Watermouth Castle is a Family Theme Park. Inside are lots of displays about life in the building during Victorian times, as well as a model train set, some very old but playable amuesment slot machines, a scary dungeon and a great set of fairground mirrors.

In the gardens behind the castle there is even more to do. The grounds have been divided into zones named Merrygoland, Gnomeland and Adventureland. In these you will find wet rides, fairground rides, adventure golf, a maze (strangely with no centre), Mystical Water Gardens, a shadow room, a very long tube slide and lots of small fat men in funny hats (they're mostly all plastic too). We were there for nearly three hours today and didn't have time to do all of it. The bargain of the day was that entry was free, although we did have to pay �3 per child for unlimited access to the rides. Normally it's �10 for adults, �8.50 for children. If you're interested you'll find it on the coast road between Ilfracombe and Combe Martin.

Saturday, 30 September 2006

Fall Colors and Clouds Abound

For a season that started out looking like it would fly by quickly, this fall really has proven to be a colorful one. With the dry weather, it appeared that the leaves would turn early and fall quickly, but not so. We are seeing our peak color right now, and the landscape is a variety of yellows, oranges, changing greens, and some browns and reds. It is a visual treat. Despite the cloudy days, it is very bright out there.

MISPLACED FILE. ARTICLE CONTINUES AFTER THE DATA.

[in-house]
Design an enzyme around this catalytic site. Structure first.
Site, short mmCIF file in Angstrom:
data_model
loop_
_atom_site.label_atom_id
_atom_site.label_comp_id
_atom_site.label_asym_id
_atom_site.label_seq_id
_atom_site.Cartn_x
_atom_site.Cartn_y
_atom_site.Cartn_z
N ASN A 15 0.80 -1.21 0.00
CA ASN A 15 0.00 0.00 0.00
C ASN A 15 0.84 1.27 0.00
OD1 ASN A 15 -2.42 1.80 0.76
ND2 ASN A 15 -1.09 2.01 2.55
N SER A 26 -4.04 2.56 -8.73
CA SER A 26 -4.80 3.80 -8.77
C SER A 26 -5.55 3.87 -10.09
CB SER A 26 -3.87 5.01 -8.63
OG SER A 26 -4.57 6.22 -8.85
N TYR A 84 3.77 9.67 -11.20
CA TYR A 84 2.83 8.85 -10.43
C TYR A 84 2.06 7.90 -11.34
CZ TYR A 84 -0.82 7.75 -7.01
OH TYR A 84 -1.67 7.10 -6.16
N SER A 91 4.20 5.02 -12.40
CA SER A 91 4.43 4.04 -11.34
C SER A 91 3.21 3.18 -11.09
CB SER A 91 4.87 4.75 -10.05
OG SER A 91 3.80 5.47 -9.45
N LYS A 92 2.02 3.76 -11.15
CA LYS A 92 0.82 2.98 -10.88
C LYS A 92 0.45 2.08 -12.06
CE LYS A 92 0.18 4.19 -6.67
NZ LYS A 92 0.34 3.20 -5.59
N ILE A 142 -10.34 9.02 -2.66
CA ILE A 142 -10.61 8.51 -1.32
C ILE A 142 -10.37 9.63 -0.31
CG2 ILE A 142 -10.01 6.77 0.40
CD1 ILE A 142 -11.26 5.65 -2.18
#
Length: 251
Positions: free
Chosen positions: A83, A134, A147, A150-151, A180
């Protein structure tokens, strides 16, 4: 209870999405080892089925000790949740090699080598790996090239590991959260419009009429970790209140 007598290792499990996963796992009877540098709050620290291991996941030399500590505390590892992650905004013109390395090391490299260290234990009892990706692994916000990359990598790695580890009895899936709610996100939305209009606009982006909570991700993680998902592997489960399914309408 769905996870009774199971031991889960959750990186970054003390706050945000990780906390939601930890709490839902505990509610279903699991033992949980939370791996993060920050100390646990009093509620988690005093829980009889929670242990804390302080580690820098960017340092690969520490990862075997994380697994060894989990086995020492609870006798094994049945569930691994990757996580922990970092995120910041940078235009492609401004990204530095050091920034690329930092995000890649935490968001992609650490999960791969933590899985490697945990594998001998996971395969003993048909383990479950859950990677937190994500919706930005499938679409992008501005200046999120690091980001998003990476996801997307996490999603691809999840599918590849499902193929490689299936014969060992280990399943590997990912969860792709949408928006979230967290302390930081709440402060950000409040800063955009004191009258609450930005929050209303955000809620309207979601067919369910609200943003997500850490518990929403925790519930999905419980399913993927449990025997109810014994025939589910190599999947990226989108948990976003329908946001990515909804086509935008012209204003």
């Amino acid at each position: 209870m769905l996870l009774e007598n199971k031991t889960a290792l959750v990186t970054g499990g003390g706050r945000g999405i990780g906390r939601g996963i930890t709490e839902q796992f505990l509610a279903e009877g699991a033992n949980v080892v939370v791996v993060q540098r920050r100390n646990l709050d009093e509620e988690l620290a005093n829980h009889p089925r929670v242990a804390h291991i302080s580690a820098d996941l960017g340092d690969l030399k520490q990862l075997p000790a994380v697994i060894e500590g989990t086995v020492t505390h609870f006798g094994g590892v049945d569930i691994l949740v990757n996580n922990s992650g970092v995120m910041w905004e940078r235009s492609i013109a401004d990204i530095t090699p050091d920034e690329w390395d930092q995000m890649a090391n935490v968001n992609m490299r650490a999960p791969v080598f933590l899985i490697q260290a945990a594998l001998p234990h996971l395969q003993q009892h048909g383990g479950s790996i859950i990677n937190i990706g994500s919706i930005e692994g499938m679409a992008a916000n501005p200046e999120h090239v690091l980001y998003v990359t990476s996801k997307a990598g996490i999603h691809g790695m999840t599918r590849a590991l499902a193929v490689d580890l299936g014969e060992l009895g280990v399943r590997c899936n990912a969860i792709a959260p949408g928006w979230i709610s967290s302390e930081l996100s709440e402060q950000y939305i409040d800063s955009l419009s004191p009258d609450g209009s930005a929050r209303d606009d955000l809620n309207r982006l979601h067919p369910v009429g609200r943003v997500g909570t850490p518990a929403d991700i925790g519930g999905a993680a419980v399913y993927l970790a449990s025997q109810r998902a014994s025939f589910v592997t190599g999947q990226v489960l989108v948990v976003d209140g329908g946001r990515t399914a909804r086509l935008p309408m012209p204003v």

Cloudy days seem to be the norm, ever since the day of the evacuation, two weeks ago. Those fires didn't stand a chance against Mother Nature's way of recent days. It has been cloudy, rainy, and much cooler than I remember last September to be. The forecast changes on a daily basis, and it seems that this period is so unsettled that it is hard to pinpoint and predict anything with hope of it even being close to reality. Despite the cooler temps, the lake trout haven't been cooperating enough to come in to shallower waters. Today is the end of the season for them, so they can all swim safely off to their spawning season. But watch out come this winter---there will be holes in the ice, and lines dropped ready for the trout to come along hungry!

It is officially moose hunting season, which happens in early October when the moose rut is on. I have only seen one moose lately myself. He was standing on the Trail, near the Poplar Lake Fire Hall. It happened that there was a large sandwich board sign on the road, indicating that the fire hall was the location for current fire information. The moose was standing right near it, calmly looking in both directions at the traffic (did his mother teach him that?), waiting to cross the road. Of course we didn't have our cameras with, but it was a fun sight to remember.